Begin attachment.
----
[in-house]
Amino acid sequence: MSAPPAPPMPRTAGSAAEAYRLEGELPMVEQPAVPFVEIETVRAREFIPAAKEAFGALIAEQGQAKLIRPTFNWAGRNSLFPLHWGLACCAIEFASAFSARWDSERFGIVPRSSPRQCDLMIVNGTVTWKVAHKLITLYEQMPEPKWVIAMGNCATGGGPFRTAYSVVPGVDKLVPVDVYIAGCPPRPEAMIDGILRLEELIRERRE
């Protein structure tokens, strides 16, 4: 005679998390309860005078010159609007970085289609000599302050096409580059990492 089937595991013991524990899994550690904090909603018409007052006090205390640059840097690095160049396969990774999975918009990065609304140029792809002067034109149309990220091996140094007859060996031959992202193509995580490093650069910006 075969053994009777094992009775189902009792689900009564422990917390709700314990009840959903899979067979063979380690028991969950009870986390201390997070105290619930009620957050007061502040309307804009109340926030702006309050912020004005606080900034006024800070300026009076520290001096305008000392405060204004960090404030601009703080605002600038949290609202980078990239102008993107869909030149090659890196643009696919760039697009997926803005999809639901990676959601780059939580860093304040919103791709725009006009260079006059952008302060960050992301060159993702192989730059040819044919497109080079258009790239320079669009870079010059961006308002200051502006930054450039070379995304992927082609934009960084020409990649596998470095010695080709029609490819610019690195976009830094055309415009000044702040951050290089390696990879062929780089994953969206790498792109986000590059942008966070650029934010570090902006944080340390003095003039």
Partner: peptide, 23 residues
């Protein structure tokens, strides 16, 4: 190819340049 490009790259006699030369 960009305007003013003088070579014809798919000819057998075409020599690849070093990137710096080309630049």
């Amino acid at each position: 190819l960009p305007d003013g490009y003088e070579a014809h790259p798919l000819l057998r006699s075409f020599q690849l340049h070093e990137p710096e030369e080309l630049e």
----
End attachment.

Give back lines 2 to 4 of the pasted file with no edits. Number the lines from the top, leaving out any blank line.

Amino acid sequence: MSAPPAPPMPRTAGSAAEAYRLEGELPMVEQPAVPFVEIETVRAREFIPAAKEAFGALIAEQGQAKLIRPTFNWAGRNSLFPLHWGLACCAIEFASAFSARWDSERFGIVPRSSPRQCDLMIVNGTVTWKVAHKLITLYEQMPEPKWVIAMGNCATGGGPFRTAYSVVPGVDKLVPVDVYIAGCPPRPEAMIDGILRLEELIRERRE
């Protein structure tokens, strides 16, 4: 005679998390309860005078010159609007970085289609000599302050096409580059990492 089937595991013991524990899994550690904090909603018409007052006090205390640059840097690095160049396969990774999975918009990065609304140029792809002067034109149309990220091996140094007859060996031959992202193509995580490093650069910006 075969053994009777094992009775189902009792689900009564422990917390709700314990009840959903899979067979063979380690028991969950009870986390201390997070105290619930009620957050007061502040309307804009109340926030702006309050912020004005606080900034006024800070300026009076520290001096305008000392405060204004960090404030601009703080605002600038949290609202980078990239102008993107869909030149090659890196643009696919760039697009997926803005999809639901990676959601780059939580860093304040919103791709725009006009260079006059952008302060960050992301060159993702192989730059040819044919497109080079258009790239320079669009870079010059961006308002200051502006930054450039070379995304992927082609934009960084020409990649596998470095010695080709029609490819610019690195976009830094055309415009000044702040951050290089390696990879062929780089994953969206790498792109986000590059942008966070650029934010570090902006944080340390003095003039």
Partner: peptide, 23 residues